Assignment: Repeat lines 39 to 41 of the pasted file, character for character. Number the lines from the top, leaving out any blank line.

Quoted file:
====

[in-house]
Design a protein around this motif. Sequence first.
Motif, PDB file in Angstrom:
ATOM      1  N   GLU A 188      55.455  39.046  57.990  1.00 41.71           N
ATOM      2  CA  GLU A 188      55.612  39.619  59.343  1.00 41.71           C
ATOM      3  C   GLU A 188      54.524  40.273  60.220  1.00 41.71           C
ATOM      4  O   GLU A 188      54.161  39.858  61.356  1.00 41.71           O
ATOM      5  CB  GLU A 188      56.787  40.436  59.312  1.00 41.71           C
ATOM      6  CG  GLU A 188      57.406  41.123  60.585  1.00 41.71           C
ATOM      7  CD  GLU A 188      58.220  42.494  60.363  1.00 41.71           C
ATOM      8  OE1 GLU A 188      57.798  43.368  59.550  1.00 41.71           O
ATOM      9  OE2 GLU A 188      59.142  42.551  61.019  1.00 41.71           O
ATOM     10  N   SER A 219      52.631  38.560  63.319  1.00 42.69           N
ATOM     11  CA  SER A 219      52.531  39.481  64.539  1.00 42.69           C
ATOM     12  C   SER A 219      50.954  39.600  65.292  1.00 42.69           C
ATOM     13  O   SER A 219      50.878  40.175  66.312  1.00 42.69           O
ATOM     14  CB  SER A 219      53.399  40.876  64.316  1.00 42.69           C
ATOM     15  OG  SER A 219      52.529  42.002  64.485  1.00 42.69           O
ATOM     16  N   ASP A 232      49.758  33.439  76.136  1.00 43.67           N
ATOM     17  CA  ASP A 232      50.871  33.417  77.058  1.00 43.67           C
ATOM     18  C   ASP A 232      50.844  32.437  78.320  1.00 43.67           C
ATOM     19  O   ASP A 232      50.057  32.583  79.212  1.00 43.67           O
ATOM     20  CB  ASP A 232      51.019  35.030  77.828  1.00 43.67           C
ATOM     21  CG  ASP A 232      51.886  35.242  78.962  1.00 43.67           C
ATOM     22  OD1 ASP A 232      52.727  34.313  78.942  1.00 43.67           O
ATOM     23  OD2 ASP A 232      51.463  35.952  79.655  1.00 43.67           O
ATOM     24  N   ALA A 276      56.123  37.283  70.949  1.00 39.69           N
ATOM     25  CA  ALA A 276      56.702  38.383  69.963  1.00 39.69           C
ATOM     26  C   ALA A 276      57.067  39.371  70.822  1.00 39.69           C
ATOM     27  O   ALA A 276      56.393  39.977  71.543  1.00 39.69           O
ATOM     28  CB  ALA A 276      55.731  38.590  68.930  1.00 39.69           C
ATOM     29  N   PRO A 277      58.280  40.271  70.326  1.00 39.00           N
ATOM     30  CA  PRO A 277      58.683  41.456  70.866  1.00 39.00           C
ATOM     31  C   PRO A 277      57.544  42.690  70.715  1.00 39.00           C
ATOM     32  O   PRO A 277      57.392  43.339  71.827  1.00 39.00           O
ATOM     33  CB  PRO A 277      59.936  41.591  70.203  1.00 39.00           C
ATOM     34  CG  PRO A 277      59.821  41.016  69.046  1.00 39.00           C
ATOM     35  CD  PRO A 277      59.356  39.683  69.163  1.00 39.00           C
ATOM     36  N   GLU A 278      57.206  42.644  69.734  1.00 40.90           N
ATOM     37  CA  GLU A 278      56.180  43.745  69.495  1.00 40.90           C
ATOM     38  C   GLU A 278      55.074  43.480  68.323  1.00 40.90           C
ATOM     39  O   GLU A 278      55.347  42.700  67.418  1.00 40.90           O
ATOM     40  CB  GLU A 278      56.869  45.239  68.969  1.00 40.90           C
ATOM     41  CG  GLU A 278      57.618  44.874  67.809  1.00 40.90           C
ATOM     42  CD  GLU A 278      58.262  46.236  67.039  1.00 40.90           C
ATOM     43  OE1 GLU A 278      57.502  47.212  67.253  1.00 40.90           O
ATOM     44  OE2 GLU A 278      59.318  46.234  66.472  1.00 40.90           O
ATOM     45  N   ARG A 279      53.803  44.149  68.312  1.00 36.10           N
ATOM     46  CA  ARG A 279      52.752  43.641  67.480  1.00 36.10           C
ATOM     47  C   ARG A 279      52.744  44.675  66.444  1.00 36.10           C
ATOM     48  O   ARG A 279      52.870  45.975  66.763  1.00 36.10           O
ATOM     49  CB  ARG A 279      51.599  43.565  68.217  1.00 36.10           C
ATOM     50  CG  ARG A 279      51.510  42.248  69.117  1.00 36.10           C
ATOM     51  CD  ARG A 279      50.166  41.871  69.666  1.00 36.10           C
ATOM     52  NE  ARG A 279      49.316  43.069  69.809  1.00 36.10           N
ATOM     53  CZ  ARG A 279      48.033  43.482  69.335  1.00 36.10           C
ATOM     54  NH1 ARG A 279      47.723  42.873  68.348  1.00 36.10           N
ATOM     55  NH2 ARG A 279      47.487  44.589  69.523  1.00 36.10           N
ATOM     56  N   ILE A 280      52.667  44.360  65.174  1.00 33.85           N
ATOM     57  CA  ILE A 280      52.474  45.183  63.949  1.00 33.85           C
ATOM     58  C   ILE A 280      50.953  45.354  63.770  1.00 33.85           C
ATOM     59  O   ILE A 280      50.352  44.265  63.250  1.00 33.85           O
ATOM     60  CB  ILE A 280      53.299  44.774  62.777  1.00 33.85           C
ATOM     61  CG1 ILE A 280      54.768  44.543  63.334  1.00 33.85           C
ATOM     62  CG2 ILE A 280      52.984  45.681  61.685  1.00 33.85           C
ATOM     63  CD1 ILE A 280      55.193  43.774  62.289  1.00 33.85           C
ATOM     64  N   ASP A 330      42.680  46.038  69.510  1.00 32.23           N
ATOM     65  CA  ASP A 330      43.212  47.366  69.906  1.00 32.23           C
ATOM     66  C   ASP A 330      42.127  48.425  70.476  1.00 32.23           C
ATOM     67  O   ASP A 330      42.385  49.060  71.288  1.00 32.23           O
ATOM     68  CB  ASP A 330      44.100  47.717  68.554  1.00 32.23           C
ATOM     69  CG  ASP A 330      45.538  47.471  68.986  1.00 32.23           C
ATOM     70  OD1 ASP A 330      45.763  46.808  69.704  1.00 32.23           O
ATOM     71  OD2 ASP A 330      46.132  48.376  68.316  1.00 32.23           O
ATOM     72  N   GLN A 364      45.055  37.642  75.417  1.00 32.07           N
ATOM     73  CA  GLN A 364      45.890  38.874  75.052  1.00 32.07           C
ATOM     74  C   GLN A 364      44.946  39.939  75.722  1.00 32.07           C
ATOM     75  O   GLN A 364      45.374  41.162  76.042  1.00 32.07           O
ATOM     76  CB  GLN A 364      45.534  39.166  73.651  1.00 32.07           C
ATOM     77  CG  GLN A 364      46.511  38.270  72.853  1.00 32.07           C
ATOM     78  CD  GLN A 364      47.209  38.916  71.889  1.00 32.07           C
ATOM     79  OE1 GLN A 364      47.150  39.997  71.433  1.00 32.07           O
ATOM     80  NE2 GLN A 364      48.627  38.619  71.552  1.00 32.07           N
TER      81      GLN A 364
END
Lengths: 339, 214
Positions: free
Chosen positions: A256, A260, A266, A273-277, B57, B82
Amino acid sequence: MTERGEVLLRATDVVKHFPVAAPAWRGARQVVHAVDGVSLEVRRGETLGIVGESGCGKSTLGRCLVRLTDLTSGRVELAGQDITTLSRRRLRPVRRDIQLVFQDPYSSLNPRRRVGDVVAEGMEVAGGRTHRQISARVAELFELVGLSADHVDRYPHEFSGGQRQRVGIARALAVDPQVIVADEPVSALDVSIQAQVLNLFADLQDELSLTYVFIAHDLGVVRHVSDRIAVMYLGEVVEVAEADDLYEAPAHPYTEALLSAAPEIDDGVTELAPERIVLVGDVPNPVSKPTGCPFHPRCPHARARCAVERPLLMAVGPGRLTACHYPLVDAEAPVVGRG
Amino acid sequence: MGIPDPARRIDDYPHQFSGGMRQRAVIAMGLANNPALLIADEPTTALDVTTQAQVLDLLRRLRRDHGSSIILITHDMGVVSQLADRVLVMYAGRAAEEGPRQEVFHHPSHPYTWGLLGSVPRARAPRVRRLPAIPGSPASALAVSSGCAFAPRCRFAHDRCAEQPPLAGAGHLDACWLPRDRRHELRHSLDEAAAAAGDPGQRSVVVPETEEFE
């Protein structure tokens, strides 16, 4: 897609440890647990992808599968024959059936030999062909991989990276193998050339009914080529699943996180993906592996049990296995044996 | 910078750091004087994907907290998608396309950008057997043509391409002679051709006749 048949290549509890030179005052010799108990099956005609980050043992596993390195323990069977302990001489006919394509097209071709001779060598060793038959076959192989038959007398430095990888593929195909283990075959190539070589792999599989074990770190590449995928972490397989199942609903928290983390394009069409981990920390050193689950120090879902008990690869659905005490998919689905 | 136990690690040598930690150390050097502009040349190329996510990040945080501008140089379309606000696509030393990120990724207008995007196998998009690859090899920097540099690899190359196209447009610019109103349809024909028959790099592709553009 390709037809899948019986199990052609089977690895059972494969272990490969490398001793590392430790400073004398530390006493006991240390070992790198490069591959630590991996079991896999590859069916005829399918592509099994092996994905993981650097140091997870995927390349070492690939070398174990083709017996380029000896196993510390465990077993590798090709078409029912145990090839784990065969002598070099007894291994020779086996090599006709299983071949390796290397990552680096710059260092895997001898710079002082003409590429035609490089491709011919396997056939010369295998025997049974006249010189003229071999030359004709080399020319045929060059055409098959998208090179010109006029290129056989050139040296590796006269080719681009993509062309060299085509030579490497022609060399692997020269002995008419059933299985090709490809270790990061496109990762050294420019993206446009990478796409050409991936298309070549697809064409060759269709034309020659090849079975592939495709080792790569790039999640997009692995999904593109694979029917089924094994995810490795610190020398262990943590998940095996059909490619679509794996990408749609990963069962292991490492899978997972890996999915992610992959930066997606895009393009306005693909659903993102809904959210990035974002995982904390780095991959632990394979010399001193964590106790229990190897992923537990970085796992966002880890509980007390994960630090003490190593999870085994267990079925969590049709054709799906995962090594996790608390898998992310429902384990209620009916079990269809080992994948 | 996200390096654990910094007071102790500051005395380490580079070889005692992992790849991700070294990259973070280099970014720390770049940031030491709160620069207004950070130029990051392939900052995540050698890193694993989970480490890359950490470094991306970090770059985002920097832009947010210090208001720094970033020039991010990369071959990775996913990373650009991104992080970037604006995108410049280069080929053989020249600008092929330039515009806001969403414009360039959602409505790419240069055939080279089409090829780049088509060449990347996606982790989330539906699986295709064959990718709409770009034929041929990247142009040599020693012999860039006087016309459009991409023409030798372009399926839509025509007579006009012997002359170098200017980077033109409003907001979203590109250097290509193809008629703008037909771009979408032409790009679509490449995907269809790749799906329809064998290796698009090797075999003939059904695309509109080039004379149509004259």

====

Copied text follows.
ATOM     36  N   GLU A 278      57.206  42.644  69.734  1.00 40.90           N
ATOM     37  CA  GLU A 278      56.180  43.745  69.495  1.00 40.90           C
ATOM     38  C   GLU A 278      55.074  43.480  68.323  1.00 40.90           C